5. Does your business use mobile technology (e.g., smartphones, tablets, laptops)? Yes/No
Loss of mobile devices and the electronic content contained therein is one of the leading causes of data breaches today.
6. Does your business accept credit card payments, other electronic payments or have online bill pay? Yes/No
Over 25% of all data stolen is credit card and other payment information.2 This is a category of data that is highly desired by criminals for resale on the black market.
7. Does your business allow employees to use personal devices to connect to your network? Yes/No
Personal devices may not have the same security software and other connectivity procedures as company-provided devices. As a result, when these personal devices are connected to your network, there may be a higher exposure to virus or malware threats.
8. Does your business train employees on proper email use and other privacy issues? Yes/No
Employee negligence and/or errors are one of the top three contributors of lost/stolen data.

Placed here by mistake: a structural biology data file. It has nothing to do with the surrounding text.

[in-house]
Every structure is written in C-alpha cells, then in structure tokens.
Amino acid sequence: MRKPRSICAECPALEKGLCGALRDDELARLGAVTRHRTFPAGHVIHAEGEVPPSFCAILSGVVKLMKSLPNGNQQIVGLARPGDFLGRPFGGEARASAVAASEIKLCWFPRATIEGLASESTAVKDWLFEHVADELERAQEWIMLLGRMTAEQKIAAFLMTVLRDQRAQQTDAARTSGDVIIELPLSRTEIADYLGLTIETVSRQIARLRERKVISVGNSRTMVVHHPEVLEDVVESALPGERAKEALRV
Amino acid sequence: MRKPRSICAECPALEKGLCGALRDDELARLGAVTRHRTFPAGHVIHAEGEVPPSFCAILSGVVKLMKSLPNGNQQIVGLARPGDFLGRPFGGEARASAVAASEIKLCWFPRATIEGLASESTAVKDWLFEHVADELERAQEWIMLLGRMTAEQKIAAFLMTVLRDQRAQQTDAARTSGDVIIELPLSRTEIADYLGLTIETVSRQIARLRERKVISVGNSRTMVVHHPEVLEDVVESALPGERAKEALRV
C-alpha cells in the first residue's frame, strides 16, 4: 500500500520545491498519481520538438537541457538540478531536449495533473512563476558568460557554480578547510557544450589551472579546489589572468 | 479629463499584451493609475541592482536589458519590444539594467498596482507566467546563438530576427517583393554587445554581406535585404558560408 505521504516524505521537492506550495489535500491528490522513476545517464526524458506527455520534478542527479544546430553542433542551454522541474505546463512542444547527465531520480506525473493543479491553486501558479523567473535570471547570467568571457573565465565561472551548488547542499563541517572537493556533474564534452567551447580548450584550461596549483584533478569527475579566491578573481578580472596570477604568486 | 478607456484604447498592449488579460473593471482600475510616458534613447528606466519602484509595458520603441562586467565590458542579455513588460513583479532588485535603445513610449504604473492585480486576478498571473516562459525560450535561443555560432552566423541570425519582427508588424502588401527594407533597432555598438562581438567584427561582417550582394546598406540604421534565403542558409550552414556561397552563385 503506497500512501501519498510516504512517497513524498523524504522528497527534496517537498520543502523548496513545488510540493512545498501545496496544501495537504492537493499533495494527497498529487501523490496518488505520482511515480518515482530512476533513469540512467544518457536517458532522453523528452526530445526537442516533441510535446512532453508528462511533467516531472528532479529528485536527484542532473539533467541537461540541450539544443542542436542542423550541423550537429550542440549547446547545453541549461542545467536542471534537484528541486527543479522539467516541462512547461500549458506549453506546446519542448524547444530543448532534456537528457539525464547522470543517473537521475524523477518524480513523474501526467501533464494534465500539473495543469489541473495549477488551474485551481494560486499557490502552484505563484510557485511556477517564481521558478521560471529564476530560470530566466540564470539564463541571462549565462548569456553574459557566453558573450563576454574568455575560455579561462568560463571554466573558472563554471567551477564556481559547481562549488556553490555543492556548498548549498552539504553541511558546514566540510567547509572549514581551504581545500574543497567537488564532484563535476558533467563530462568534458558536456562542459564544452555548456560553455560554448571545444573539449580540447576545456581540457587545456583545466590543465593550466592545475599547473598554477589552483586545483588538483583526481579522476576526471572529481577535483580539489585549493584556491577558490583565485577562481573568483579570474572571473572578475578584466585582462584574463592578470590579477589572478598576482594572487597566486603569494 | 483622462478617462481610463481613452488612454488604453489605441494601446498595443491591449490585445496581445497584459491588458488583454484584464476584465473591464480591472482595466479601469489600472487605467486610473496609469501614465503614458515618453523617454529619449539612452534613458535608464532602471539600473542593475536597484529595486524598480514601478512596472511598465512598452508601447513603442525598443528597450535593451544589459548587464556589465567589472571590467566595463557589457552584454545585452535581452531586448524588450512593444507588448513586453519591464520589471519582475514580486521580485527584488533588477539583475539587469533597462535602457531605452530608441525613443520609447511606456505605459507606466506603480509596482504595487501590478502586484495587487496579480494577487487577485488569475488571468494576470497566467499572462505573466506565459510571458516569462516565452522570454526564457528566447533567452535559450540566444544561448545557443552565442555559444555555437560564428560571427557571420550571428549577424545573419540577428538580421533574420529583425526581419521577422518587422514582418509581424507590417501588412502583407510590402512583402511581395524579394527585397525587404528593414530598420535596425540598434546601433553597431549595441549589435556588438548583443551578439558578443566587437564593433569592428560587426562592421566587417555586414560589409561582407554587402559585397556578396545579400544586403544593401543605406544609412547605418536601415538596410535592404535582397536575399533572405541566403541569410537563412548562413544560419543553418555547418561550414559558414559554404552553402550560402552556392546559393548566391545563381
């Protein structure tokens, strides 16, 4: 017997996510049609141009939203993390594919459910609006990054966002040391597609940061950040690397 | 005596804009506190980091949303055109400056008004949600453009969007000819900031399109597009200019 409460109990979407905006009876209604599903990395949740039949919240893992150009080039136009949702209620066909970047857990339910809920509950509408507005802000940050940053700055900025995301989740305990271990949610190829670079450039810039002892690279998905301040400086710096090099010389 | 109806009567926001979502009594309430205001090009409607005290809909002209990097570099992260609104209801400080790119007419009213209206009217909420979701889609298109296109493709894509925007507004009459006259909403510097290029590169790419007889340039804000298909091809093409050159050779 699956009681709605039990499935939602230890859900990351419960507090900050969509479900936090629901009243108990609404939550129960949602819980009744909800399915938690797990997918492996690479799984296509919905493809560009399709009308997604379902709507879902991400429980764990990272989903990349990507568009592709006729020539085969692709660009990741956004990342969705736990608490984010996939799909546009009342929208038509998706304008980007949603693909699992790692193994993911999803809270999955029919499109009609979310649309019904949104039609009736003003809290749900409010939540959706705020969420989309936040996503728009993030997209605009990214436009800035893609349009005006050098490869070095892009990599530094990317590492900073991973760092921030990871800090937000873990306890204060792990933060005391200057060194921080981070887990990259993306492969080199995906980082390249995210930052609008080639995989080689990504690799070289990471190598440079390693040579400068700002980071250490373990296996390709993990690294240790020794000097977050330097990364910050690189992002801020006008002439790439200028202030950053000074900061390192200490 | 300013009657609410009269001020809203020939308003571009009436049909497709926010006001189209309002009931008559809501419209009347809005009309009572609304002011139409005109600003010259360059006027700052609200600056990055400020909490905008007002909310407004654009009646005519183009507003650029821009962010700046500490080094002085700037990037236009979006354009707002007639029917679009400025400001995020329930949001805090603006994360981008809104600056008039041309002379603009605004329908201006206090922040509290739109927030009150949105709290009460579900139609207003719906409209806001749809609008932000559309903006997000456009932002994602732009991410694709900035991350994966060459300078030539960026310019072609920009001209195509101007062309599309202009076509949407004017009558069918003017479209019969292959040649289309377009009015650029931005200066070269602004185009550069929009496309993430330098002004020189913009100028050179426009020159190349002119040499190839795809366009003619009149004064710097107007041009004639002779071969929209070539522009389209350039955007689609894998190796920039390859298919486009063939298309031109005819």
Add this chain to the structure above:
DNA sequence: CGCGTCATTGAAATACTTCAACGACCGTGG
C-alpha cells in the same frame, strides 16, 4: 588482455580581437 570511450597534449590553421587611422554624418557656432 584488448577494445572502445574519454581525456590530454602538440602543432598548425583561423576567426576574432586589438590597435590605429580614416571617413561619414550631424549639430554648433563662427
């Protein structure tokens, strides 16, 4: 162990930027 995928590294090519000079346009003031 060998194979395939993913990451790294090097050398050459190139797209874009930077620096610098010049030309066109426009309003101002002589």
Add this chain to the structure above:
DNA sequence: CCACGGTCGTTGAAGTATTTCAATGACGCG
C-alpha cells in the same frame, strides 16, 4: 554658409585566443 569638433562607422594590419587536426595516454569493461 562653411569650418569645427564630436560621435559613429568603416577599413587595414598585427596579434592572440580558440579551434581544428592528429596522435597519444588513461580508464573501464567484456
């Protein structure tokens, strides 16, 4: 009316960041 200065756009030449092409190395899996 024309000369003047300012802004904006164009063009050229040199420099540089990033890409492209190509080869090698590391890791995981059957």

It only takes one of these to warrant the need for
Cyber Liability/Data Breach coverage!
Contact us and get protected against a cyber liability / data breach today!
Premiums are very affordable and underwritten by top rated carriers.
go to insuredbyfusco.com or e mail us at firstname.lastname@example.org
If you are someone who would like to leave a legacy you probably don’t know where to start your path to fulfilling that goal. There is a simple solution to helping you achieve leaving that legacy long after your time on earth. The answer is life insurance. A life insurance policy death benefit can go a long way to making it a reality. Life insurance can change peoples lives and those in communities as well.